What do Wikipedia, Zip Car’s business model, Barack Obama's presidential campaign, and a small group of lobster fishermen have in common? They all show the power and promise of human cooperation in transforming our businesses, our government, and our society at large. Because today, when the costs of collaborating are lower than ever before, there are no limits to what we can achieve by working together.
For centuries, we as a society have operated according to a very unflattering view of human nature: that, humans are universally and inherently selfish creatures. As a result, our most deeply entrenched social structures – our top-down business models, our punitive legal systems, our market-based approaches to everything from education reform to environmental regulation - have been built on the premise that humans are driven only by self interest, programmed to respond only to the invisible hand of the free markets or the iron fist of a controlling government.
In the last decade, however, this fallacy has finally begun to unravel, as hundreds of studies conducted across dozens of cultures have found that most people will act far more cooperatively than previously believed. Here, Harvard University Professor Yochai Benkler draws on cutting-edge findings from neuroscience, economics, sociology, evolutionary biology, political science, and a wealth of real world examples to debunk this long-held myth and reveal how we can harness the power of human cooperation to improve business processes, design smarter technology, reform our economic systems, maximize volunteer contributions to science, reduce crime, improve the efficacy of civic movements, and more.
For example, he describes how:
• By building on countless voluntary contributions, open-source software communities have developed some of the most important infrastructure on which the World Wide Web runs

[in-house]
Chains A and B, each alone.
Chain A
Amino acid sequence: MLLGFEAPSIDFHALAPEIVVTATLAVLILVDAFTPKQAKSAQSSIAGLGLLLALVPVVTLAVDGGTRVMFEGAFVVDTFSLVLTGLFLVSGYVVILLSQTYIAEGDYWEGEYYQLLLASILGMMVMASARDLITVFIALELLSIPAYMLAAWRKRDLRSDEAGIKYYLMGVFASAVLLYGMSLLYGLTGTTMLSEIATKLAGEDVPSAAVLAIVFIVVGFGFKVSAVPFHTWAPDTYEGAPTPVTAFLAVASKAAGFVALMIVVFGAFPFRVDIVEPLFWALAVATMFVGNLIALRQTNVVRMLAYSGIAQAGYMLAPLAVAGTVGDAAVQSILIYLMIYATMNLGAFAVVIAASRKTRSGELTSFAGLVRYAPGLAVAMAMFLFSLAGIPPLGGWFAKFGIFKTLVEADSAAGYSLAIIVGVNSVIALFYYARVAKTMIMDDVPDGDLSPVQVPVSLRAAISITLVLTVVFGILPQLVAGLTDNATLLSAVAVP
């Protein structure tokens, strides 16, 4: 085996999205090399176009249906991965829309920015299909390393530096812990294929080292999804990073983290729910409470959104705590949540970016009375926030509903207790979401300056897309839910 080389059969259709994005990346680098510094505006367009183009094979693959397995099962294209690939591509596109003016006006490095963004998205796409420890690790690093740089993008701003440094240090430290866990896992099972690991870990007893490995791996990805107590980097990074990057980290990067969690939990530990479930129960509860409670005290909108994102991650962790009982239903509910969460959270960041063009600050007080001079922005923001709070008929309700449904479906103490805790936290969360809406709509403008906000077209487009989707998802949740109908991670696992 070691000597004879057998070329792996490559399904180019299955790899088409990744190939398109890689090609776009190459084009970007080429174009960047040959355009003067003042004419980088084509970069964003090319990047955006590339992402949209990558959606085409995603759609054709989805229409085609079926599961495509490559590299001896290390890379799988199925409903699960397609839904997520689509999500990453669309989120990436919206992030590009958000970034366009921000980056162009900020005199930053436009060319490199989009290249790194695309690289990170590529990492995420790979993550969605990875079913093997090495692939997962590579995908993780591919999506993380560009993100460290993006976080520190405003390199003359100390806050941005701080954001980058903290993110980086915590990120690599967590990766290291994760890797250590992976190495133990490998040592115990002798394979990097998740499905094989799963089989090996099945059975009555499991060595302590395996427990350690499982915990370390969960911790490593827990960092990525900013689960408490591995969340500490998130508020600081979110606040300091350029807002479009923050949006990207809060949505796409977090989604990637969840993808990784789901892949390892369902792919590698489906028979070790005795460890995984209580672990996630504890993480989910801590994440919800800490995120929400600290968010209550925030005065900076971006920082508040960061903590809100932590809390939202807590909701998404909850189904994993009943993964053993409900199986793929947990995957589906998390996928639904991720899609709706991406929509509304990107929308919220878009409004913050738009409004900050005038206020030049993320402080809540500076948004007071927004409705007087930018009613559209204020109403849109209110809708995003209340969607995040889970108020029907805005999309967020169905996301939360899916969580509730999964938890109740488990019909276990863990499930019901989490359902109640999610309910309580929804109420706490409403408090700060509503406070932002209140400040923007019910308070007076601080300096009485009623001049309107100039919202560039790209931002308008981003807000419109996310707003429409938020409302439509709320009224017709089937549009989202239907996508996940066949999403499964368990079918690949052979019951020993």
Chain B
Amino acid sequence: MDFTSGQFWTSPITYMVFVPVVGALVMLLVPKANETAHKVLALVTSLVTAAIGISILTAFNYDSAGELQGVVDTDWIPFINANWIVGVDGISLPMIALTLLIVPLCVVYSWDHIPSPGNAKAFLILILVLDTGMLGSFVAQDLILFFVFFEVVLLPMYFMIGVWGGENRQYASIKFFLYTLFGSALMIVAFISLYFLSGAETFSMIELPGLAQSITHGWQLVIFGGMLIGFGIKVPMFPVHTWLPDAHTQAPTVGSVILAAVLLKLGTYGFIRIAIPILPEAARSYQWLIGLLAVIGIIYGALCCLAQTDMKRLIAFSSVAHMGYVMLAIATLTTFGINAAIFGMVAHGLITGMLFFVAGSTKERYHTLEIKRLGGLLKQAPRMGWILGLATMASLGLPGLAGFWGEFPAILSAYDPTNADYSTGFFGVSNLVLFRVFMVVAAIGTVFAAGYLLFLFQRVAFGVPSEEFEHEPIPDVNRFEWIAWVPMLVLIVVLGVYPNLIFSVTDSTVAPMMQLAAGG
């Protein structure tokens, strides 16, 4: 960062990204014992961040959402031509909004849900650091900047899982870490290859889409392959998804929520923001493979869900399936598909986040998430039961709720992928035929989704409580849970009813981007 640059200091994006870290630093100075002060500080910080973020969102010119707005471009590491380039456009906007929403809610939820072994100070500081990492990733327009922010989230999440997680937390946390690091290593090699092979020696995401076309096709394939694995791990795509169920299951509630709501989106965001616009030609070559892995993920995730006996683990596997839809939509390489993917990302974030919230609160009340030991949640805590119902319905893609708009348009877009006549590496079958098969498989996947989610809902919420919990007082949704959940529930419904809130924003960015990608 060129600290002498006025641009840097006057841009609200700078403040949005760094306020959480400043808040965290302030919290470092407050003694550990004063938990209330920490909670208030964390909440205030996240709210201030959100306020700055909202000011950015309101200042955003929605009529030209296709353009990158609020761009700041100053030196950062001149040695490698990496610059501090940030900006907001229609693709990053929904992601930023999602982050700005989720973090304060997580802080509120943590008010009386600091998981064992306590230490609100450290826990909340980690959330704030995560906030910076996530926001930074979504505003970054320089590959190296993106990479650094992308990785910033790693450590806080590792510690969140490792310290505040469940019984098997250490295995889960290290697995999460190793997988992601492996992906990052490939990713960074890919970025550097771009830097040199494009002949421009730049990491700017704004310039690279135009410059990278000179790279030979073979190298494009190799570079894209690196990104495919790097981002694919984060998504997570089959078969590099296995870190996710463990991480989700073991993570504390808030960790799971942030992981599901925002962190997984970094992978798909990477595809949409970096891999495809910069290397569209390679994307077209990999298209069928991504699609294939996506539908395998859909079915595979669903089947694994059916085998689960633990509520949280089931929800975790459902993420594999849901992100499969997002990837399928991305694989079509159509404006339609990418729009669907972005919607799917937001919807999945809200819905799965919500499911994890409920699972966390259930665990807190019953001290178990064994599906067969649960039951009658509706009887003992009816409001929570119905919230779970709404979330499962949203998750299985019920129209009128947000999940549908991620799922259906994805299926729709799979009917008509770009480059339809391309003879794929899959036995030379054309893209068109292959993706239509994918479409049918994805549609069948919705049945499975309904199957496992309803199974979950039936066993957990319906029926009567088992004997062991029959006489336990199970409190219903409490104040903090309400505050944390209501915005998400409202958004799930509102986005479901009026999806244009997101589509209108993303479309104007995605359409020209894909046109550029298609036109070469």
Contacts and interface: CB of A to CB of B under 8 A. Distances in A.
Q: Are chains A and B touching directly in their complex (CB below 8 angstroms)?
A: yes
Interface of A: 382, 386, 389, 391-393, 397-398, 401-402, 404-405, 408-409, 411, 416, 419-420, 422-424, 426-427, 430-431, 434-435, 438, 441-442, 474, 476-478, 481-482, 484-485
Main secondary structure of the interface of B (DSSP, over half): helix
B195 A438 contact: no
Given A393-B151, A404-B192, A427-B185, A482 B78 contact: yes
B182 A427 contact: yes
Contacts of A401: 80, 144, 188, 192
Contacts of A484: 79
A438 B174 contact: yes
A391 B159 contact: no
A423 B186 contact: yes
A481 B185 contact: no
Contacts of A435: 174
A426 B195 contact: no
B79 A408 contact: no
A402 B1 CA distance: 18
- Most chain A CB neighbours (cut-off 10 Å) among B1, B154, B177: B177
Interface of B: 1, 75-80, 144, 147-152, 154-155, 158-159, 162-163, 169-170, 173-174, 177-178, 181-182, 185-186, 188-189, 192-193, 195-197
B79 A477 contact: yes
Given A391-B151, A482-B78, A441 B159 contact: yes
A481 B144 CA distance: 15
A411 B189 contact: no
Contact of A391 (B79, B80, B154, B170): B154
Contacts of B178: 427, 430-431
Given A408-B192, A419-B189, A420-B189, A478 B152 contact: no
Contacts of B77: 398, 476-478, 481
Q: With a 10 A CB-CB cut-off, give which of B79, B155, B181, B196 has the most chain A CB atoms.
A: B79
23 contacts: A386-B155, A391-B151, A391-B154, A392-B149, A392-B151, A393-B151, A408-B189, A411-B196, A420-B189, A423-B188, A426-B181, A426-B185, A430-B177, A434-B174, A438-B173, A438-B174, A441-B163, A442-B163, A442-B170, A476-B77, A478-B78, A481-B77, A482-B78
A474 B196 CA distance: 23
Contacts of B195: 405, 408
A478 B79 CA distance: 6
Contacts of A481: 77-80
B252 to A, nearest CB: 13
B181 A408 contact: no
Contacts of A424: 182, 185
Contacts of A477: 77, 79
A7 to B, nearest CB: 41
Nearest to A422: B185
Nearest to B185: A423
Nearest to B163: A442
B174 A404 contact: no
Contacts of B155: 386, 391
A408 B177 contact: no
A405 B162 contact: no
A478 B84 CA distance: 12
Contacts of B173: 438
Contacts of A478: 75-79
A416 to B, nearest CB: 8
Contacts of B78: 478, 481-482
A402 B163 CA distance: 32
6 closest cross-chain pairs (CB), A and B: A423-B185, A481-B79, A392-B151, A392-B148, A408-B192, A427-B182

• Experiments with pay-as-you-wish pricing in the music industry reveal that fans will voluntarily pay far more for their favorite music than economic models would ever predic
• Many self-regulating communities, from the lobster fishermen of Maine to farmers in Spain, live within self-regulating system for sharing and allocating communal resources
• Despite recent setbacks, Toyota’s collaborative shop-floor, supply chain, and management structure contributed to its meteoric rise above its American counterparts for over a quarter century.
• Police precincts across the nation have managed to reduce crime in tough neighborhoods through collaborative, trust-based, community partnerships.
A must-read for anyone who wants to understand the dynamics of cooperation in 21st century life, The Penguin and the Leviathan not only challenges so many of the ways in which we live and work, it forces us to rethink our entire view of human nature.
About the Author
Yochai Benkler is the Joseph M. Field '55 Professor of Law at Yale Law School, Yale University.
"For the last several centuries, many of our deeply held beliefs have been shaped by the view that human beings are fundamentally motivated by self-interest. In his latest work, Benkler (The Wealth of Networks) challenges this long-held view, asserting that the spirit of human cooperation is stronger than selfishness a view that will likely revolutionize business, economics, technology, government, and human interaction in the future... His pertinent examples bring his ideas to life."
"Yochai Benkler is the smartest thinker we have on the effects of the internet on society. In The Penguin and the Leviathan, he lays out the ways that larger, looser, freer collaborations are transforming how we think about work and about the value we give and get from each other."
—Clay Shirky, bestselling author of Here Come Everybody and Cognitive Surplus
"Benkler speaks the truth on every page -- presenting a brighter vision of human nature that we keep insist on denying for no good reason."
—Tim Wu, bestselling author of The Master Switch and professor, Columbia Law School
"...a solid swipe at blind adherence to "free market" dogma. Comprehensive and provocative."